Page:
No, AirPods Do NOT Cook Your Brain

Public health officials and scientists have now weighed in.
Man Wearing AirPods Credit: Donenko Oleksii / Shutterstock
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If you’ve been alarmed by recent reports that AirPods and other Bluetooth headphones could be causing brain damage, you can breathe a sigh of relief as public health officials and scientists have now weighed in, confirming that such claims have absolutely no merit.

While the jury is still out on the long-term effects of exposure to cellular phone radiation, it’s generally accepted that the concerns about it are overblown. Unfortunately, it appears that much of the misinformation around that particular issue has now spread into the realm of wireless headphones, with some suggesting that the Bluetooth frequencies emitted by these headphones also constitute harmful radiation.

These concerns came to a head with a TikTok video that went viral in April earlier this year, titled “Why you MUST throw away your AirPods,” with the creator of the video making the claim that the headphones “literally sit inside your skull” and emit low frequency radiation that “cooks” your brain.

This was seemingly backed up by a popular Facebook video that claimed to measure the radiation being emitted by AirPods and even suggested that they could cause cancer.

The video has since been flagged by Facebook as “False Information” by fact-checkers, linking to a new report from Reuters that states that no evidence could be found to support these claims, while adding input from several other health and science experts and research studies.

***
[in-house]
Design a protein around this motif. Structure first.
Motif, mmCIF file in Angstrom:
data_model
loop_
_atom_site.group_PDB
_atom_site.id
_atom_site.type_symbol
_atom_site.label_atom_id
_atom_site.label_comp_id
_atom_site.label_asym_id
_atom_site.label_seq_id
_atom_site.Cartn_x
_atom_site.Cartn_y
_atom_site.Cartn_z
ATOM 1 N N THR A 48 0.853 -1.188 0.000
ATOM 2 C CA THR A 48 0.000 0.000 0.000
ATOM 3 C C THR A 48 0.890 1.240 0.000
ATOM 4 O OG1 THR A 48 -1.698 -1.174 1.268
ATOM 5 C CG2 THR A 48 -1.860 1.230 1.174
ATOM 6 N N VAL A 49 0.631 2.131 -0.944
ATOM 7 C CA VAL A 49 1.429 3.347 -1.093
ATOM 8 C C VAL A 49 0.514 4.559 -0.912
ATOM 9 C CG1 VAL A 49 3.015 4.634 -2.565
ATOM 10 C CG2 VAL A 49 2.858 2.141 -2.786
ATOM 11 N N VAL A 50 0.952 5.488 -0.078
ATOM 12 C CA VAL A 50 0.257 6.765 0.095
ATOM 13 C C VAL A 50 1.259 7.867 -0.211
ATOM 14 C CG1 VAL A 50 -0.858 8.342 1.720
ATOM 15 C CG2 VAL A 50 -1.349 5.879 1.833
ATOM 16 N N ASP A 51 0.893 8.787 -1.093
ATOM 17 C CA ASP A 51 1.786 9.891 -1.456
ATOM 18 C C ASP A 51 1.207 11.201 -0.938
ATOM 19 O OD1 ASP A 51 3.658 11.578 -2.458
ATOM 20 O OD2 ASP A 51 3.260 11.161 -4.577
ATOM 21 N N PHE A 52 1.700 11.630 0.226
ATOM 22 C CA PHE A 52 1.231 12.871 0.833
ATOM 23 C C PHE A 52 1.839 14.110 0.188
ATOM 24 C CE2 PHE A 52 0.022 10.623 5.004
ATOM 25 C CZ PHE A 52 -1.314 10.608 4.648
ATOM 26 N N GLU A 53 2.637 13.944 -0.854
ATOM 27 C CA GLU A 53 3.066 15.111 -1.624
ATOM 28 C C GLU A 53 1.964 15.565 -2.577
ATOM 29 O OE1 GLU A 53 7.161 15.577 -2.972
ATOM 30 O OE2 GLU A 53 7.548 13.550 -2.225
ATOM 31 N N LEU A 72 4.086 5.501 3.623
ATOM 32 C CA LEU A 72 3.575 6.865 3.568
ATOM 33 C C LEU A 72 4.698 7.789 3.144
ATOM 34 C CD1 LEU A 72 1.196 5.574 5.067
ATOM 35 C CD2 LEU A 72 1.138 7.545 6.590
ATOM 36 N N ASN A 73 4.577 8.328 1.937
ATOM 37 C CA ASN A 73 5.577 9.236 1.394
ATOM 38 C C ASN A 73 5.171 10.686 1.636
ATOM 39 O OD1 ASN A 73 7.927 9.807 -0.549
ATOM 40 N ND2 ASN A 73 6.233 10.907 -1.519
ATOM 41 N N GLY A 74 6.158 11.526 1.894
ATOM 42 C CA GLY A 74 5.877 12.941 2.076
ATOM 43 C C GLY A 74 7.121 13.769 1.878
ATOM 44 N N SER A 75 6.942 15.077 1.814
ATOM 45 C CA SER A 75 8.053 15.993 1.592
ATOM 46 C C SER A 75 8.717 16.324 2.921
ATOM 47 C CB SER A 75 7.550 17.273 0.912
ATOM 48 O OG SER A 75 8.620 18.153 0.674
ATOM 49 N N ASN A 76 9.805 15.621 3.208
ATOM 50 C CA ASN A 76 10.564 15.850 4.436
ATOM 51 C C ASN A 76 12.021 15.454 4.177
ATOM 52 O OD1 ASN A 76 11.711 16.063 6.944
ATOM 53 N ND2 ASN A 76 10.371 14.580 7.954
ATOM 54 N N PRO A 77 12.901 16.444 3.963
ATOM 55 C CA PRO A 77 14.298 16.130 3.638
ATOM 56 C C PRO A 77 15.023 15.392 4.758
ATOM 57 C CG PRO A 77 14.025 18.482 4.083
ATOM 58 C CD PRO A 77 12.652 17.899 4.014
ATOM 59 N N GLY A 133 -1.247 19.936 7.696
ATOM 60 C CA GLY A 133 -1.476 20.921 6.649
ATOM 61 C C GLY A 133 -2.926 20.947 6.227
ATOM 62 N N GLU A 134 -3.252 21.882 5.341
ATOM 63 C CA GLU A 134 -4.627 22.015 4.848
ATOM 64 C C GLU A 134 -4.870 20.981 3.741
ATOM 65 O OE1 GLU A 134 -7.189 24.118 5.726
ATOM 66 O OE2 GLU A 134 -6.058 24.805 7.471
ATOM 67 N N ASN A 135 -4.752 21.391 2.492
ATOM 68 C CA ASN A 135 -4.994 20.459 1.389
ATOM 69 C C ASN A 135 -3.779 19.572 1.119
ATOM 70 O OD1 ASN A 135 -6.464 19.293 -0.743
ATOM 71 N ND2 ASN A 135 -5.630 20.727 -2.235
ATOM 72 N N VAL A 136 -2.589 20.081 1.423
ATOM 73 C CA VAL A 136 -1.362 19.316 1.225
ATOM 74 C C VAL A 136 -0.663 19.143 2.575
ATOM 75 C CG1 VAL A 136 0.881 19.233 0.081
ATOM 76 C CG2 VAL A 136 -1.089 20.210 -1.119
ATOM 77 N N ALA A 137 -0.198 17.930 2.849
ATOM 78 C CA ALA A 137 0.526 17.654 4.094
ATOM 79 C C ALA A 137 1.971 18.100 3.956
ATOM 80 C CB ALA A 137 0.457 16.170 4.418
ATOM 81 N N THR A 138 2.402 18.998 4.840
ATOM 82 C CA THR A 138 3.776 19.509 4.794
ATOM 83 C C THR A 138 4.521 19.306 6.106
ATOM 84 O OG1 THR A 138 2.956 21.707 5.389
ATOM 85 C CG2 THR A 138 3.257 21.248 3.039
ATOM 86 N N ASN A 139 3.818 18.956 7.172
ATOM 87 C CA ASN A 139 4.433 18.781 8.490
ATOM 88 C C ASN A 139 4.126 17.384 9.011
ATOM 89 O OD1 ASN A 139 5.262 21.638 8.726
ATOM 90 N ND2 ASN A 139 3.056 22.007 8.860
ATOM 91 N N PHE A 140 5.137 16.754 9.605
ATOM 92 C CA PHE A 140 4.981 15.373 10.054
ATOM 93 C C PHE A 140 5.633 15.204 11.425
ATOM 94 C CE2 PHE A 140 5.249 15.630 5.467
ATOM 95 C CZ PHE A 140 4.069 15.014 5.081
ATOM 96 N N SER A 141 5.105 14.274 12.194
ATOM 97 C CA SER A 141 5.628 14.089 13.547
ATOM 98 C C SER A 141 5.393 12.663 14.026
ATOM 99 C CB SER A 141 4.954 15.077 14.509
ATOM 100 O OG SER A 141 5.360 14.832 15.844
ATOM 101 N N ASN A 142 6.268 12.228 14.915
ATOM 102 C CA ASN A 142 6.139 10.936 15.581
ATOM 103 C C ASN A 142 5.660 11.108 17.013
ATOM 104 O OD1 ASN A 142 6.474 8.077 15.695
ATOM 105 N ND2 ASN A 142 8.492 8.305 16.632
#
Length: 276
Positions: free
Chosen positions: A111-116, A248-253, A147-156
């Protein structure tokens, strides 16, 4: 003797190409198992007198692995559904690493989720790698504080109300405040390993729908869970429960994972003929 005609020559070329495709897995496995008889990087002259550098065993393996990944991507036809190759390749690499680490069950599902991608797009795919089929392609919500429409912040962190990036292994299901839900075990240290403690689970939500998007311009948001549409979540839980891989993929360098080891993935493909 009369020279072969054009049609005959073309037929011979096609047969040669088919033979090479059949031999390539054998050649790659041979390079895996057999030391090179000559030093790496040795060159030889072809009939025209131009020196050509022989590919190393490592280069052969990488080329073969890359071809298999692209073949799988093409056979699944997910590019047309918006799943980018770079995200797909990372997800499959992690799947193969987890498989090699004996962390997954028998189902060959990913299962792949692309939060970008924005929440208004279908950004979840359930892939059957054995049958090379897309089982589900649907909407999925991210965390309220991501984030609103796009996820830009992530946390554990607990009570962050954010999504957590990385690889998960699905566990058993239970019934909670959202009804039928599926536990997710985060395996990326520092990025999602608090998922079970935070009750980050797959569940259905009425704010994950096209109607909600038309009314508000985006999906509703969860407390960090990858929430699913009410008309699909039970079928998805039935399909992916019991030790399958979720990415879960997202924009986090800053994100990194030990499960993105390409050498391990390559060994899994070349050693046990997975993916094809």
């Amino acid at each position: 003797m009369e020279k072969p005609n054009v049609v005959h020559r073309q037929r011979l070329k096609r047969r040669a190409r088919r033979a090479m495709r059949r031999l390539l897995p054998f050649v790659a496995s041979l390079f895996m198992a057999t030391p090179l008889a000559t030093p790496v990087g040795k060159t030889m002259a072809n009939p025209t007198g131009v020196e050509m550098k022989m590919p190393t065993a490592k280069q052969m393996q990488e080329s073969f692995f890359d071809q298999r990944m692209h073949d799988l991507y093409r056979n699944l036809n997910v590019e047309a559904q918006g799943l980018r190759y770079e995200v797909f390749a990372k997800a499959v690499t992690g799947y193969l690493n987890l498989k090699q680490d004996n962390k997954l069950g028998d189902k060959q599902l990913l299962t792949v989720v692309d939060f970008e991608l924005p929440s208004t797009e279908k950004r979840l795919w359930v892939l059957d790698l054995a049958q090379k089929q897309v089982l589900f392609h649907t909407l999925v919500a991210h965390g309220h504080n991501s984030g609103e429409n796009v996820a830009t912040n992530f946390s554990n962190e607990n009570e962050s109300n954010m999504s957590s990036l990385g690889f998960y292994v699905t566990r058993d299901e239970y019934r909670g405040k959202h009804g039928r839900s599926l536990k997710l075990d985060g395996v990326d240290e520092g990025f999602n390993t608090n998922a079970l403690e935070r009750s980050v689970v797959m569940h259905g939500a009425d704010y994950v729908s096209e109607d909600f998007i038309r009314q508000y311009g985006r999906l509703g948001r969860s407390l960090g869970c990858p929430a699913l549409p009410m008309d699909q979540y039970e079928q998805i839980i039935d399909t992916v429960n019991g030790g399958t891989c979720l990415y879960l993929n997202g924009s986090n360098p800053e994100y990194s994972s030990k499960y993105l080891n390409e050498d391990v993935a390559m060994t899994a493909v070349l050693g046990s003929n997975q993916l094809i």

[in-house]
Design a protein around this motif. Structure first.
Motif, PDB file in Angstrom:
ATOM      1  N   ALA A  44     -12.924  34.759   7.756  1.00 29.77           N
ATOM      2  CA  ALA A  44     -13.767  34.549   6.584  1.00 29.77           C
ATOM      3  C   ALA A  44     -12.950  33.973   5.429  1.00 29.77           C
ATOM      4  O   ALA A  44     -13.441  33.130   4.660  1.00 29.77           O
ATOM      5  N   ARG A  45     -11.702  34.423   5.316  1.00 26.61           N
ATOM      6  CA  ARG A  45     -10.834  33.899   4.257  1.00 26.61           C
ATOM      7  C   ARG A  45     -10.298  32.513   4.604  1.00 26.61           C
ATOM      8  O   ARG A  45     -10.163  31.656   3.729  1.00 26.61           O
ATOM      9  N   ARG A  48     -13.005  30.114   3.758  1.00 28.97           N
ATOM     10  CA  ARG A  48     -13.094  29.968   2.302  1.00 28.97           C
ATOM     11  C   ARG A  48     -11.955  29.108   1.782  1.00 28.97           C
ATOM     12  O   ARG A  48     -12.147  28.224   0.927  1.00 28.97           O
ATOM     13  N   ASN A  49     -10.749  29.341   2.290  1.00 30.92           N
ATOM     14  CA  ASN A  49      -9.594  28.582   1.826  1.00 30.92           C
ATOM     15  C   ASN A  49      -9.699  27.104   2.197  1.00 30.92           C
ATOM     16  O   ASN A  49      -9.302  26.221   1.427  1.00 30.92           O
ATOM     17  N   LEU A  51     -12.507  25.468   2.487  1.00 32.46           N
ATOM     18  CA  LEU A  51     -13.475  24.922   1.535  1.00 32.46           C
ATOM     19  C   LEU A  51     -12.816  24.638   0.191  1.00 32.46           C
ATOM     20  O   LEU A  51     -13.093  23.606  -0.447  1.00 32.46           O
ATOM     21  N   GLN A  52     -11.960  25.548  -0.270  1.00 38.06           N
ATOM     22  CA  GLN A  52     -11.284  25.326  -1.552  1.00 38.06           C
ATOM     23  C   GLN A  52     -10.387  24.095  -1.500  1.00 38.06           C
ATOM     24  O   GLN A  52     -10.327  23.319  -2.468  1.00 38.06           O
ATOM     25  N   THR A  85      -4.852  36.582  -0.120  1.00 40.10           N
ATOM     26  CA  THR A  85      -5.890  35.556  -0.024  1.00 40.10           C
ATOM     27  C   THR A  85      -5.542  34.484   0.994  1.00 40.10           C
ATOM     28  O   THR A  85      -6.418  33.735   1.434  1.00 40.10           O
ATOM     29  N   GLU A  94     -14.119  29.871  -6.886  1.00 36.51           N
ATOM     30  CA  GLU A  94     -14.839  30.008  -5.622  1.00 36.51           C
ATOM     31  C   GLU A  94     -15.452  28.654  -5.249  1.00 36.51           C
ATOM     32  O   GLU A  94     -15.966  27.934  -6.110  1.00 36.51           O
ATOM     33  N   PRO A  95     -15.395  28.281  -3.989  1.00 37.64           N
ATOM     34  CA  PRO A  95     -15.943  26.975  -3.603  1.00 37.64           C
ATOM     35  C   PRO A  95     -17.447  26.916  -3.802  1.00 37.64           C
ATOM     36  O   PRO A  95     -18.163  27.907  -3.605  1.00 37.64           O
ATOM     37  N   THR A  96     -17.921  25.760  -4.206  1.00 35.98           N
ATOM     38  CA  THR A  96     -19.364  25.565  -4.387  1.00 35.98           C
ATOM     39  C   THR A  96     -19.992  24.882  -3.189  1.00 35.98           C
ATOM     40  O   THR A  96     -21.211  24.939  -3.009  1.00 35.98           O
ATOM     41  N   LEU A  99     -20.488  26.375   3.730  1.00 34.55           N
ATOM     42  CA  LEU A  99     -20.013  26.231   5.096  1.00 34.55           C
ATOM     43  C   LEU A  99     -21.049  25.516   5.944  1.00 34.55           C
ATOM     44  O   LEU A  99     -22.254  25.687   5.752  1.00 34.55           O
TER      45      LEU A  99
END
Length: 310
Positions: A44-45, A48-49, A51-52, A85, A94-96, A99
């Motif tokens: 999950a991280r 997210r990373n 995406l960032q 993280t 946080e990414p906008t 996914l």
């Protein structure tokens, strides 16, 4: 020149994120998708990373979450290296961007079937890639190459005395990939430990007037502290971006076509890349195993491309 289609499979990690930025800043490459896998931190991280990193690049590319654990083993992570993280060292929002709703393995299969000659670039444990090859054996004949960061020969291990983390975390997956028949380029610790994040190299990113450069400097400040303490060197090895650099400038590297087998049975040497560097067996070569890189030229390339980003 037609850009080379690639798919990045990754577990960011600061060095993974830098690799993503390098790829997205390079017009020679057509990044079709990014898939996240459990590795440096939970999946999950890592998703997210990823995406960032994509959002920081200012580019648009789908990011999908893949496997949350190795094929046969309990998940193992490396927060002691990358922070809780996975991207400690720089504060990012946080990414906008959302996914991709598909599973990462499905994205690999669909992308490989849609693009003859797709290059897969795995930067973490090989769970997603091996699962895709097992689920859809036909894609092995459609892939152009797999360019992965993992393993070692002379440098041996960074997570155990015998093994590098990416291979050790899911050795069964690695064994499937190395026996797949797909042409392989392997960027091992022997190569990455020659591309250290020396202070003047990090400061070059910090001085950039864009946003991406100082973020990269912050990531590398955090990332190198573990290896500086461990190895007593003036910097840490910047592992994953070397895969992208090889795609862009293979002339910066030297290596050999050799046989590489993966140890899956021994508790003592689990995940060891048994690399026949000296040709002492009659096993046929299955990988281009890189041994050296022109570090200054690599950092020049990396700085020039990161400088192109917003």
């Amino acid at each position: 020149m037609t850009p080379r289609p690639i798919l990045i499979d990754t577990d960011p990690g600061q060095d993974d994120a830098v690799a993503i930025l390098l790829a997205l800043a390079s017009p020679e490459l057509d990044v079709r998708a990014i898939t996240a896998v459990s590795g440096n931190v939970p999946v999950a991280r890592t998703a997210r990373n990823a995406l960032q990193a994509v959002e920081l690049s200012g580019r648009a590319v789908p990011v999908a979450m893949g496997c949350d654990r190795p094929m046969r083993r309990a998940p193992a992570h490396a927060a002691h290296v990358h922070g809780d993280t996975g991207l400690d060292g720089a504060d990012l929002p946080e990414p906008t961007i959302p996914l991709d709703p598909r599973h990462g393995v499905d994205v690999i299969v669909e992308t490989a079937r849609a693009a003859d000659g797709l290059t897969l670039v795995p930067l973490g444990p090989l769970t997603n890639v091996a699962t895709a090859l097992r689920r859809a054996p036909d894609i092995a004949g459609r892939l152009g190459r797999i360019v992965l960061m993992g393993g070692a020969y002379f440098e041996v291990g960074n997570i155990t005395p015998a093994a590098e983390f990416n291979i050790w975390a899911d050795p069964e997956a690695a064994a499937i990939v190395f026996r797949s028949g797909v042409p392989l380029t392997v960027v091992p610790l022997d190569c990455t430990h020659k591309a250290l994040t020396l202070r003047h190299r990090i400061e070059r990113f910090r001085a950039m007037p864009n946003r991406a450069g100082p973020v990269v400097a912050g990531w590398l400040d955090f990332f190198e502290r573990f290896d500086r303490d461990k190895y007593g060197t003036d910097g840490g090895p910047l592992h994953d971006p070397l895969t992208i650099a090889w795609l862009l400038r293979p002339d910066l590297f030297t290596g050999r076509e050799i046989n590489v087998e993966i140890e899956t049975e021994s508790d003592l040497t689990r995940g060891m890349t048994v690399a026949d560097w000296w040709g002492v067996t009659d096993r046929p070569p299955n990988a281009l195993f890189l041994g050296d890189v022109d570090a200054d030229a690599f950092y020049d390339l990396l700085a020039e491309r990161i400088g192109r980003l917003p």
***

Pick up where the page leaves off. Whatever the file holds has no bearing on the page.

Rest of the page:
There is no established evidence to warrant advising people against using wireless devices like Bluetooth headphones, public health officials and scientists have told Reuters.


Non-Ionizing Radiation

For many people, the word “radiation” has a seriously negative vibe, since it immediately brings to mind everything from post-apocalyptic sci-fi movies to the kind of dangerously radioactive materials used in nuclear reactors and weapons.

However, that type of radiation is what scientists call “ionizing” radiation, and it differs greatly from the “non-ionizing” form that’s emitted by many modern electronic devices.

There are actually many sources of non-ionizing radiation, including Wi-Fi routers, mobile phones, and even your microwave oven, cordless phone, and garage door opener. Basically anything that emits signals in the gigahertz range and beyond are considered non-ionizing radiation sources, and since Bluetooth operates at 2.4GHz, this puts Apple’s AirPods in the same category — along with every other set of wireless headphones.

As Reuters explains, it’s been difficult to get conclusive studies on the potential health risks of exposure to any kind of radiation, since it’s not ethical to use humans as guinea pigs. Researchers can’t just stick a bunch of people in a room and bombard them with high-frequency radio waves to see what happens.

This is the main reason why scientists are unable to come to a full consensus on the effects of radiation from smartphones, although most agree that it’s not nearly as harmful as people’s worst fears.

What’s important to keep in mind, though, is that there are two aspects to non-ionizing radiation. It’s not only about the frequency at which the radiation is emitted from a device, but also how much power is behind the signal.